Accommodating eric need special student

01 Mar

Compounding the issue is the reality that students of color are disproportionately assigned to special education.Do the programs perpetuate inequality and stifle socioeconomic mobility? What if the ones who benefit most aren’t the students but the companies that often get to rely on their labor for free?“They have something to prove, and they want my son to be the guinea pig in their experiment.”Many school districts now seem to be pivoting away from full-blown inclusion toward more-specialized options like the workforce academies that are, oddly, in some ways reminiscent of the institutionalization era.Not surprisingly, the same concerns are re-emerging, with some critics worrying that such programs are an extreme form of tracking in which students perceived to have limited potential are pigeonholed into non-academic settings and low-paying jobs that nobody else wants.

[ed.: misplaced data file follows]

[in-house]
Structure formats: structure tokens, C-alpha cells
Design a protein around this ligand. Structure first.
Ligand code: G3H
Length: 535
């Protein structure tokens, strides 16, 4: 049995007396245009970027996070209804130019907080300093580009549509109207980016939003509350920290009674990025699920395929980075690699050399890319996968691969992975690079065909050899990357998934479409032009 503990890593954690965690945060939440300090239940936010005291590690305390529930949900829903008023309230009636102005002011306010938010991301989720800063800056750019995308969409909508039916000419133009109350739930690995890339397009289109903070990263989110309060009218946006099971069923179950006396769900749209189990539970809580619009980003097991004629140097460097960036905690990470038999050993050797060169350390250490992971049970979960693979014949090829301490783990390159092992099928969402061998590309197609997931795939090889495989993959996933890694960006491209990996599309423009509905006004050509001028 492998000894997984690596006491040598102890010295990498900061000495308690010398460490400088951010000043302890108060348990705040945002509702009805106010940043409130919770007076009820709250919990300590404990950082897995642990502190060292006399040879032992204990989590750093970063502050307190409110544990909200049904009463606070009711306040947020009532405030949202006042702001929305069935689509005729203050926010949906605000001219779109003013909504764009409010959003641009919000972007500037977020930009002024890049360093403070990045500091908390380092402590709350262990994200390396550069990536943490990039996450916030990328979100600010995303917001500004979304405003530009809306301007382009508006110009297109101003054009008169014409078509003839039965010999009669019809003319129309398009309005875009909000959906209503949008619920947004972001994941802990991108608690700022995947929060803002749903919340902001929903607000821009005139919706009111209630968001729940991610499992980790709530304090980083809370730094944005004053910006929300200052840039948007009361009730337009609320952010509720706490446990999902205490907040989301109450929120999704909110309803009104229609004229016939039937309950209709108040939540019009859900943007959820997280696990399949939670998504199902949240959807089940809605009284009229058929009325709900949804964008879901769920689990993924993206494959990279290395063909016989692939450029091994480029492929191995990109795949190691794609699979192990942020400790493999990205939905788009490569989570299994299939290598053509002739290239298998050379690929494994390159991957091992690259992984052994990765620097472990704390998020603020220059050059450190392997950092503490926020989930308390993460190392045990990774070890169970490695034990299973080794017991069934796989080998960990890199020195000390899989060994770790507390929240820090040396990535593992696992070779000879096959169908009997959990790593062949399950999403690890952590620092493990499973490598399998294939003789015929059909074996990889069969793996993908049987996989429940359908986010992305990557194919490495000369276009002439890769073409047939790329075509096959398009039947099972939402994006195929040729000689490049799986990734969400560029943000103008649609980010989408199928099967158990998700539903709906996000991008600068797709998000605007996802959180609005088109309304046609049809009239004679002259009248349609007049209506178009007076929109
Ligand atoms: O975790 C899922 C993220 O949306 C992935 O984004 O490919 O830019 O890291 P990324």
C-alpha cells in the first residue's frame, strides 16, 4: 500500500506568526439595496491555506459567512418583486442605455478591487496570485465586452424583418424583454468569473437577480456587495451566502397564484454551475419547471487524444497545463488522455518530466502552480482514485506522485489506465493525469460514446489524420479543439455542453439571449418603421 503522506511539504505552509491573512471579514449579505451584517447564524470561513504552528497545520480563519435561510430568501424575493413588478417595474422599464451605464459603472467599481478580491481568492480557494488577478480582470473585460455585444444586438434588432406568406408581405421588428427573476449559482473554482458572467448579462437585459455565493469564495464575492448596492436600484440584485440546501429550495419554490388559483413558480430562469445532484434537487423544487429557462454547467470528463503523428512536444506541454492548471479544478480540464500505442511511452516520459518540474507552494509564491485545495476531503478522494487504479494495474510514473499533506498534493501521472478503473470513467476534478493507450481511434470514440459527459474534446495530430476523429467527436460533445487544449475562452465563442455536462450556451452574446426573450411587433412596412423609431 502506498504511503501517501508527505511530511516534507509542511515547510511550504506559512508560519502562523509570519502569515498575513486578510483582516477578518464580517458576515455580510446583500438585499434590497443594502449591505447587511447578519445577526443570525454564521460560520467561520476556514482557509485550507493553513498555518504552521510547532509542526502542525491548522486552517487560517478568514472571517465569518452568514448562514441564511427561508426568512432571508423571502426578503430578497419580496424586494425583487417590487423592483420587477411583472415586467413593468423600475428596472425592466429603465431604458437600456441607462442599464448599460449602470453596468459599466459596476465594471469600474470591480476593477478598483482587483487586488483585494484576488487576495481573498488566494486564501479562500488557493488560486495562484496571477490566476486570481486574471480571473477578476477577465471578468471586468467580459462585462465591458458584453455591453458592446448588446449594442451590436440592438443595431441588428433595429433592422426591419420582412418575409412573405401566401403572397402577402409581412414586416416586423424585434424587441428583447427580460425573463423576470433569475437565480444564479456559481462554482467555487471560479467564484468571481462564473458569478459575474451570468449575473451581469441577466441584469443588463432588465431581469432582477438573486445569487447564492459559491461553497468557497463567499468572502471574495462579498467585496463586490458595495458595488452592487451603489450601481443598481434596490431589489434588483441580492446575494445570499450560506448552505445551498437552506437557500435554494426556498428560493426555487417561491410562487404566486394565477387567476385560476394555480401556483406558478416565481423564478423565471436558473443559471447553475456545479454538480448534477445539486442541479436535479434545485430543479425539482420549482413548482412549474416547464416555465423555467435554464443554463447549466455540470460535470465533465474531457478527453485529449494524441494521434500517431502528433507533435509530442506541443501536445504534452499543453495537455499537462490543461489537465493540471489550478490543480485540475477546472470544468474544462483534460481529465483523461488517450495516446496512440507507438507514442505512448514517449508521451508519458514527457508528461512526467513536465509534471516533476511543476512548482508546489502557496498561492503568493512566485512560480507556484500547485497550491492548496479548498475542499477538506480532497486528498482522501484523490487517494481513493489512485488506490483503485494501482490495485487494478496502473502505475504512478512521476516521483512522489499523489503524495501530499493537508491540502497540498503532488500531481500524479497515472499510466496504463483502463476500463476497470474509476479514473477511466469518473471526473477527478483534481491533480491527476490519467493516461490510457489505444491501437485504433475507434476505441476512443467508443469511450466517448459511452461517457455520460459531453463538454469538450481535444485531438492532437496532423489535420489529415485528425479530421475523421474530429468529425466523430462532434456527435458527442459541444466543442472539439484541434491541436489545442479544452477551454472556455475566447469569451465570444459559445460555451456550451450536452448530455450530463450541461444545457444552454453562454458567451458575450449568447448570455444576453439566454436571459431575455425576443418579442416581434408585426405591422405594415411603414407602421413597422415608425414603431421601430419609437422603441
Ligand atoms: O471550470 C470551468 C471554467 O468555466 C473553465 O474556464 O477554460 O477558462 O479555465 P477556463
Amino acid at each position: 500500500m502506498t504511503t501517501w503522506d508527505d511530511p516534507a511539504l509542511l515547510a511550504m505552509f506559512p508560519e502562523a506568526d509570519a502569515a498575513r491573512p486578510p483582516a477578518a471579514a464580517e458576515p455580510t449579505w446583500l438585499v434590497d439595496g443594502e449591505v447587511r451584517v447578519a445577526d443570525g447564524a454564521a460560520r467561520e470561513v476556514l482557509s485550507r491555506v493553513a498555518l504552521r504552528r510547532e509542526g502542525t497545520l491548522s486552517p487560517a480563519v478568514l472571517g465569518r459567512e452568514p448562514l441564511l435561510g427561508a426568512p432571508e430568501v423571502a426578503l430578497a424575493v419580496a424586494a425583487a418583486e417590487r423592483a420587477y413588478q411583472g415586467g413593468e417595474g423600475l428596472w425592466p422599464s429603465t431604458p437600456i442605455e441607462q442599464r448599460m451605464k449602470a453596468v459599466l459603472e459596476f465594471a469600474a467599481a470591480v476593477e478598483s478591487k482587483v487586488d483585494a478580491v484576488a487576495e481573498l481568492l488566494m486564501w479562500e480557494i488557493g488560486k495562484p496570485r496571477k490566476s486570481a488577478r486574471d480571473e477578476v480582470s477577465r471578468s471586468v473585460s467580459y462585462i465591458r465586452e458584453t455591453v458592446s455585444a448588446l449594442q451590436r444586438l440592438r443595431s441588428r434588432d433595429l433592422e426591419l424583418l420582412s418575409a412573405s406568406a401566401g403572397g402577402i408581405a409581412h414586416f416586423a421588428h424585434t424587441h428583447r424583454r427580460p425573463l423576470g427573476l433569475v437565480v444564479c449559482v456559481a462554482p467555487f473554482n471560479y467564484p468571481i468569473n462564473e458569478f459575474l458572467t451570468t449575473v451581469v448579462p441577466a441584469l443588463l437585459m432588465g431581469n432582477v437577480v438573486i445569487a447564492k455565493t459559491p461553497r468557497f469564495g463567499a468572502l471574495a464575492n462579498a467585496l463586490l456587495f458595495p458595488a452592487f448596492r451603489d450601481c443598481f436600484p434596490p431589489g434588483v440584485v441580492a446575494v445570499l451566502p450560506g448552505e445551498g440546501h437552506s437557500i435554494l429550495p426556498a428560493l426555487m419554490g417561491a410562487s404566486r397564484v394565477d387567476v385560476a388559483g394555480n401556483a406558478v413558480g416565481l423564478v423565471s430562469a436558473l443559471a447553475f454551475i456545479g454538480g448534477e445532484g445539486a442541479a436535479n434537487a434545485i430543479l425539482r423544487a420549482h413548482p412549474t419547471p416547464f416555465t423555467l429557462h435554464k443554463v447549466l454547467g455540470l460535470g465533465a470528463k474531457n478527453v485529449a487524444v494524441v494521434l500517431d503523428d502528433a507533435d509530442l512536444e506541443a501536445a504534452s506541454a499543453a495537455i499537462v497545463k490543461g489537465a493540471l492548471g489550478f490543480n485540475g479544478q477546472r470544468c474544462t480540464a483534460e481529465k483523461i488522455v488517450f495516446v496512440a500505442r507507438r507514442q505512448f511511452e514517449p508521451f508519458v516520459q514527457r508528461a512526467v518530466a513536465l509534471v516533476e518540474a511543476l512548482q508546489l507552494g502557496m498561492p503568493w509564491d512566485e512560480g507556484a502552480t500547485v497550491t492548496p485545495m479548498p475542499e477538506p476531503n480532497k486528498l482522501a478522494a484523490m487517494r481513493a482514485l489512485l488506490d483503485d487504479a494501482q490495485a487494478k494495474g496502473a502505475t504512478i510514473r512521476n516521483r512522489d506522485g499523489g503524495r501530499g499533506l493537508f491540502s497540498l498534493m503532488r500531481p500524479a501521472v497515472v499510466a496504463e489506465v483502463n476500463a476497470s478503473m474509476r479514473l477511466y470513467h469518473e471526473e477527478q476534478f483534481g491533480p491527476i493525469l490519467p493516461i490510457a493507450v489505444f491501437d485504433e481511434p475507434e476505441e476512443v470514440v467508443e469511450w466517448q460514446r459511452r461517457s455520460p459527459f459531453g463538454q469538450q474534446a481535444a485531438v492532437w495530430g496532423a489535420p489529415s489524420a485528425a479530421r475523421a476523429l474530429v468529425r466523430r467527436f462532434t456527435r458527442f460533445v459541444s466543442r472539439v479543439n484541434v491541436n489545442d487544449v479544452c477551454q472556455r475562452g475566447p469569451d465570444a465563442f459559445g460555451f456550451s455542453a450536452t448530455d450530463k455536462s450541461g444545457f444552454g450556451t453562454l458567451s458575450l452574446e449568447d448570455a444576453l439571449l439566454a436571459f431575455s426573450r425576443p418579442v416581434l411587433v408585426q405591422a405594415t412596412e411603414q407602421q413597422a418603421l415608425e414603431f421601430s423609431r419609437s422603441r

A few raise their hands gingerly; some look around, smiling; some stare off in another direction completely.Then there’s the question of whether these programs are truly effective in improving students’ prospects at getting jobs they want.While the country’s schools are still struggling to shepherd students with disabilities into fulfilling lives, experts tend to agree that they’re getting there—and that, with a little trial and error, the newly emerging workforce-preparation programs may be a model that sticks.* * *Kelly Custer stands at the front of a classroom at the River Terrace Special Education Center, gesturing as he walks his students through the math of a problem-solving exercise about money.Historically, specialized programs faced scrutiny for separating disabled students from their peers, a practice that fueled emotional, often bitter, debates over how to best educate kids with unique and complex learning needs.Through the early 1970s, many students with disabilities were denied access to regular public schools and forced into special schools—a practice known as “institutionalization.” Broader stigmas also developed around vocational academies, which, American Radio Works’s Emily Hanford has reported, were perceived as “a kind of dumping ground for kids who weren’t succeeding in the traditional academic environment.”By the 1990s, the pendulum had swung in the other direction: Institutionalization had become a taboo word in special education, and “inclusion”—the integration of special-needs students into mainstream classrooms as much as possible—became the gold standard.